Other new buildings during this period included Founders Hall/Burky Addition (1951/1971), a sports facility with a 2,000-seat auditorium; Mosiman Hall (1960), the music building; a four-story expansion to the library (1966); Marbeck Center (1968), a student union with dining facilities, book store and other student facilities; and Riley Court (1969), a five-building complex that now house administrative offices.[9][12]

There were plans for future expansion and growth, but the 1970s instead were a time of retrenchment and conflict. Enrollment peaked at 789 in 1969 but dropped below 700 by 1972 and below 600 by 1975. The college fell deep into debt and made significant cut-backs.[13]

Bluffton's sixth president, Ben Sprunger (1972-1977), proposed increasing enrollment by transforming Bluffton into an evangelical college. This proposal was resisted by faculty, leading to Sprunger's resignation. However, during Sprunger's term, the college managed to balance the budget, conduct a successful capital campaign and construct Shoker Science Center (1978).[14]

Enrollment at Bluffton was below 600 for most of the 1980s, but the college experienced another era of growth and expansion in the 1990s under presidents Elmer Neufeld (1978-1996) and Lee F. Snyder (1996-2006), the first female president at Bluffton or any other Mennonite college. By 1995, the enrollment surpassed 1,000 for the first time.[15]

The college built two new residence halls, Ramseyer Hall (1994) and Neufeld Hall (2003), to meet housing demand. Other building projects included Sauder Visual Arts Center (1991), which houses an art gallery and studios for painting, drawing, sculpture and other arts; Yoder Recital Hall (1994), a 300-seat, state-of-the-art performance facility; and Centennial Hall (2000), a new academic building.[9]

Another major addition was the Emery Sears Athletic Complex, which includes 2,600-seat Dwight Salzman Stadium (1993) plus a baseball diamond, all-weather track, and soccer field.[9]

In 1995, Bluffton began a masters program in education, the first of its graduate programs.

In 2004, the college, which now had three graduate programs, became Bluffton University.

In 2006, James Harder became Bluffton's ninth president.

WBWH-LP 99.3 FM serves as the campus and community radio station.

2007 bus crash

On March 2, 2007, a bus carrying the Bluffton baseball team fell off the Northside Drive overpass on Interstate 75 in Atlanta, Georgia, after the driver apparently mistook a southbound left-side exit ramp for a high-occupancy vehicle lane. The bus crashed into and flipped over a concrete barrier on the overpass and fell 30 feet back onto the interstate.[16][17]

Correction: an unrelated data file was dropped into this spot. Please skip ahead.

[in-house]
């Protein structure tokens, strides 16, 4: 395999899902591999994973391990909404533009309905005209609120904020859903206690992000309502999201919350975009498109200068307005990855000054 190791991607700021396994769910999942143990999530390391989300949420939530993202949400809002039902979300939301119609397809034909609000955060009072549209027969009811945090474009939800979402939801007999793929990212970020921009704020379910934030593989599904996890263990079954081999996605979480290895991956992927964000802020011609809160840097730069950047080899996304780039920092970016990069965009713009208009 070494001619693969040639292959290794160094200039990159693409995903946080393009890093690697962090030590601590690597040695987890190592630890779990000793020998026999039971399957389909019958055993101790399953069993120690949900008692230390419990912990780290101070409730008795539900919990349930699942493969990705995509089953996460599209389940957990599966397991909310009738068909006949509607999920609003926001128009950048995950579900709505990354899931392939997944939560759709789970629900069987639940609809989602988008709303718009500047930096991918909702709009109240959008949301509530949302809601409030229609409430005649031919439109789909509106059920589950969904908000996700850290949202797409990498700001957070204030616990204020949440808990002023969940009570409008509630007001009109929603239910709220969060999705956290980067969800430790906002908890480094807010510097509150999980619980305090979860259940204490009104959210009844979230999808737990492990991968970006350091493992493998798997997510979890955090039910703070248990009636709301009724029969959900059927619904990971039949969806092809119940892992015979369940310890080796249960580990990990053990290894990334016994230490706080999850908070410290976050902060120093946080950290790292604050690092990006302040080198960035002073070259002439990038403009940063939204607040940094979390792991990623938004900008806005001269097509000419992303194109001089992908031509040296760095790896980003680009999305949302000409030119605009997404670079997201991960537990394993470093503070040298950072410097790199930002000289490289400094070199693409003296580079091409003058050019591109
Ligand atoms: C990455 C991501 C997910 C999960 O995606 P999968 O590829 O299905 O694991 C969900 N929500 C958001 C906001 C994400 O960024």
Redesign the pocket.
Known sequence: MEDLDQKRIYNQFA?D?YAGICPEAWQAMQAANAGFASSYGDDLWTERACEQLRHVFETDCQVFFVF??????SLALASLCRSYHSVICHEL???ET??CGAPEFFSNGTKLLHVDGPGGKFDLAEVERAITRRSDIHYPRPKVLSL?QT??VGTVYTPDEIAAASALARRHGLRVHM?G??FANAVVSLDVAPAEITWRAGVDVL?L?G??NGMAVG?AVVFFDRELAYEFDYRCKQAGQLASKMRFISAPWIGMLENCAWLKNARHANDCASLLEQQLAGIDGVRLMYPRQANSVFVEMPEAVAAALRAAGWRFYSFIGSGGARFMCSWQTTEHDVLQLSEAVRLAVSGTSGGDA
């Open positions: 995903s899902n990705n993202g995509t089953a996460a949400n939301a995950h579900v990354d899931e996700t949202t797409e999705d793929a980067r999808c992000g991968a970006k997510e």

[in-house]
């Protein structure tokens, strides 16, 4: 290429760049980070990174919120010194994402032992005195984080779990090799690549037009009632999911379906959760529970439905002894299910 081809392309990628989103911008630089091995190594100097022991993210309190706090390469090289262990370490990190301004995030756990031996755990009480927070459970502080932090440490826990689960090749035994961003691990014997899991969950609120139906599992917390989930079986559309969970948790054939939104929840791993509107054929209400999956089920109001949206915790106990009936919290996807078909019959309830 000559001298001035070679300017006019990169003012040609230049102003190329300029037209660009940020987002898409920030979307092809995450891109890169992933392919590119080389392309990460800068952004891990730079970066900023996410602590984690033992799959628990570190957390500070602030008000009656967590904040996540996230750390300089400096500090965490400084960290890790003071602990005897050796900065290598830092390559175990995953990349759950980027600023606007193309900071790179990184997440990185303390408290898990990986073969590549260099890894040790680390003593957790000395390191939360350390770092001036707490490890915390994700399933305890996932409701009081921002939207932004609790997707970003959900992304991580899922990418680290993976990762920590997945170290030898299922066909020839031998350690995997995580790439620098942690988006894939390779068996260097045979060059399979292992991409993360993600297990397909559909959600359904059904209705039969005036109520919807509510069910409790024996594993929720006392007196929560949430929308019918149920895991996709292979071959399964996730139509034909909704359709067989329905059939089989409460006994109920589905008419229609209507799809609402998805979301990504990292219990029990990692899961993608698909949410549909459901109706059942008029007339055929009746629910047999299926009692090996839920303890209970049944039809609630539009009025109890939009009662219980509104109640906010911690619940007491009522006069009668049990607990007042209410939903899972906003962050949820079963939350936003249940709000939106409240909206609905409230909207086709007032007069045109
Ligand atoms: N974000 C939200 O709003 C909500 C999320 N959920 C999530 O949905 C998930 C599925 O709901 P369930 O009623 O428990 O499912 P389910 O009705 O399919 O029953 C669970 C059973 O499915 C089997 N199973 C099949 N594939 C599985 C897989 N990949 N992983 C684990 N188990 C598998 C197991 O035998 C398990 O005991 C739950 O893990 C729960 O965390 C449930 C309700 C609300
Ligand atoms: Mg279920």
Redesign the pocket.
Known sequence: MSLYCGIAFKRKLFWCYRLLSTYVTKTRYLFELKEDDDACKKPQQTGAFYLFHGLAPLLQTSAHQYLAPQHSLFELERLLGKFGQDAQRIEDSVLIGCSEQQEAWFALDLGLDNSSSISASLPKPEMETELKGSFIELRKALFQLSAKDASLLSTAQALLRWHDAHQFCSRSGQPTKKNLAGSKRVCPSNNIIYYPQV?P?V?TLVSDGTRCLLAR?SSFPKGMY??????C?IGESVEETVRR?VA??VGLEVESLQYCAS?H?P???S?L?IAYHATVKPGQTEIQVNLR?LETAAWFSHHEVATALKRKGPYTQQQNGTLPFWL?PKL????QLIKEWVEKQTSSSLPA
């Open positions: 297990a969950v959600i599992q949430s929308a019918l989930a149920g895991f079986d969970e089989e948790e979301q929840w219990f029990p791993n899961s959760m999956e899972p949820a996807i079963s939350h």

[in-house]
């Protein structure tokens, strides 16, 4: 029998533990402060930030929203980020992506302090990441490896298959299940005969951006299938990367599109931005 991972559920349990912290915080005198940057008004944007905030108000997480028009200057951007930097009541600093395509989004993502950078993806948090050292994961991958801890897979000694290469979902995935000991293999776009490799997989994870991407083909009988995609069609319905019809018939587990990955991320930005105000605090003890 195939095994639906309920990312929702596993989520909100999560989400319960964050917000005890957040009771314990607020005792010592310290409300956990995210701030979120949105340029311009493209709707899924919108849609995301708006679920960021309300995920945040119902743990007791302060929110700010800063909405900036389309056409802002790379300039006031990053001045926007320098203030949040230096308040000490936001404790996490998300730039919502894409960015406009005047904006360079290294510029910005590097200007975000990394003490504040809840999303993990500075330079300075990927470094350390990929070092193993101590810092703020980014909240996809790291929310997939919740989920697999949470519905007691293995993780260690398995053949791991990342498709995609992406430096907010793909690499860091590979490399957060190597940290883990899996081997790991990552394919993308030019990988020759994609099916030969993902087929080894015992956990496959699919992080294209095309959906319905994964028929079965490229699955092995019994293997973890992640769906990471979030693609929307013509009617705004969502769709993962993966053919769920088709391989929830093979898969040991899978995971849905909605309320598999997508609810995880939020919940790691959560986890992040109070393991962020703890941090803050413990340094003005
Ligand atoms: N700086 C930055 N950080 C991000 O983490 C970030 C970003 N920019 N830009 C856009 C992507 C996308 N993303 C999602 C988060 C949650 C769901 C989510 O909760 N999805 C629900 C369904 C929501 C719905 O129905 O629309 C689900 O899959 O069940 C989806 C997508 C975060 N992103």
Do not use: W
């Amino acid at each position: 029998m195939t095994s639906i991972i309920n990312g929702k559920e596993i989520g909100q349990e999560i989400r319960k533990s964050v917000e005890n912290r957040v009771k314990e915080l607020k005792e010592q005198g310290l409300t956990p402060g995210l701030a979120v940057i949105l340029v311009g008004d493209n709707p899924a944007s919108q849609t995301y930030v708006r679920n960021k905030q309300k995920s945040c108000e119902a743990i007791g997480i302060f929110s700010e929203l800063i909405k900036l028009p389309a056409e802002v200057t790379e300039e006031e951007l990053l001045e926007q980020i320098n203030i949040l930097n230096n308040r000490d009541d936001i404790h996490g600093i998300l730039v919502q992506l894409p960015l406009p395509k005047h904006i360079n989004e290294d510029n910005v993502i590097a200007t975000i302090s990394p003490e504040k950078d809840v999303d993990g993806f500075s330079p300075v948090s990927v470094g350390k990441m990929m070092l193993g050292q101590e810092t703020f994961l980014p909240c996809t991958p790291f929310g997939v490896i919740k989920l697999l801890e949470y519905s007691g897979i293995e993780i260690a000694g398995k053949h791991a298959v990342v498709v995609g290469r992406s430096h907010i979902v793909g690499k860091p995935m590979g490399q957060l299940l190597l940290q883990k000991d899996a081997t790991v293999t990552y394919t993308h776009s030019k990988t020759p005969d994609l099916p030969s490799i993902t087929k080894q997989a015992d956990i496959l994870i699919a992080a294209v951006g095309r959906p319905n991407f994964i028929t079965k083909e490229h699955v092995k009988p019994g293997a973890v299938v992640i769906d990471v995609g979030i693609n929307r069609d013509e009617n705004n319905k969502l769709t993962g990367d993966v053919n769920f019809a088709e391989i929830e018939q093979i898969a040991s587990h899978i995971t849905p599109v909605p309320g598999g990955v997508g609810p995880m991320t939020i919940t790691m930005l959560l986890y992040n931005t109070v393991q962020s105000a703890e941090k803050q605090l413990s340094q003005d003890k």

Four members of the Bluffton baseball team were killed in the accident, along with the bus driver and his wife. A fifth player died a week later from injuries caused by the crash. On March 12, 2008, a memorial titled the "Circle of Remembrance"[18] located near the baseball field was dedicated prior to a Service of Remembrance[19] to mark the one year anniversary of the event. Of the 35 people on the bus, the following were killed as a result of the crash[20][21]:

Notable alumni

Notes

  1. ^ "Bluffton University". http://www.bluffton.edu/catalog/intro/mission. Retrieved 9 March 2007. 
  2. ^ "Bluffton University". http://www.bluffton.edu/studentlife/handbook/honor. Retrieved 9 March 2007. 
  3. ^ Bush, Perry (2000). Dancing with the Kobzar. Pandora Press U.S.. p. 72. ISBN 0-9665021-3-2. 
  4. ^ Bush, Perry (2000). Dancing with the Kobzar. Pandora Press U.S.. pp. 20–21. ISBN 0-9665021-3-2. 
  5. ^ Bush, Perry (2000). Dancing with the Kobzar. Pandora Press U.S.. p. 259. ISBN 0-9665021-3-2. 
  6. ^ a b Bush, Perry (2000). Dancing with the Kobzar. Pandora Press U.S.. p. 58. ISBN 0-9665021-3-2. 
  7. ^ Bush, Perry (2000). Dancing with the Kobzar. Pandora Press U.S.. p. 113. ISBN 0-9665021-3-2. 
  8. ^ Bush, Perry (2000). Dancing with the Kobzar. Pandora Press U.S.. pp. 95–96. ISBN 0-9665021-3-2. 
  9. ^ a b c d e "Bluffton University". http://www.bluffton.edu/catalog/intro/campus. Retrieved 10 March 2007. 
  10. ^ Bush, Perry (2000). Dancing with the Kobzar. Pandora Press U.S.. p. 130. ISBN 0-9665021-3-2. 
  11. ^ Bush, Perry (2000). Dancing with the Kobzar. Pandora Press U.S.. pp. 152–153, 162. ISBN 0-9665021-3-2. 
  12. ^ Bush, Perry (2000). Dancing with the Kobzar. Pandora Press U.S.. pp. 163–164. ISBN 0-9665021-3-2. 
  13. ^ Bush, Perry (2000). Dancing with the Kobzar. Pandora Press U.S.. pp. 190–192, 216. ISBN 0-9665021-3-2. 
  14. ^ Bush, Perry (2000). Dancing with the Kobzar. Pandora Press U.S.. pp. 226–231. ISBN 0-9665021-3-2. 
  15. ^ Bush, Perry (2000). Dancing with the Kobzar. Pandora Press U.S.. pp. 234, 247. ISBN 0-9665021-3-2. 
  16. ^ "CNN". http://www.cnn.com/2007/US/03/02/bus.accident/index.html. Retrieved 2 March 2007. 
  17. ^ "Yahoo News". http://news.yahoo.com/s/ap/20070309/ap_on_re_us/georgia_bus_wreck. Retrieved 9 March 2007. 
  18. ^ Circle of Remembrance
  19. ^ Service of Remembrance
  20. ^ "Columbus Dispatch". http://www.dispatch.com/news-story.php?story=dispatch/2007/03/03/20070303-A1-00.html. Retrieved 3 March 2007. 
  21. ^ "Atlanta Journal-Constitution". http://www.ajc.com/metro/content/metro/atlanta/stories/2007/03/03/0304metbusbios.html?imw=Y. Retrieved 3 March 2007. 
  22. ^ "Vintage Physics Chart Installed in Science Center". Eastern Mennonite University. 2008. http://www.emu.edu/news/index.php/1712. Retrieved 2008-07-10. 
  23. ^ "paulsoldner.com". http://www.paulsoldner.com/cv.html. Retrieved 8 March 2007. 
  24. ^ "Bluffton University". http://www.bluffton.edu/sports/dept/features/timmons.htm. Retrieved 8 March 2007. 
  25. ^ "TheEvolutionofDance.com". http://www.theevolutionofdance.com/about.html. Retrieved 5 May 2009. 

External links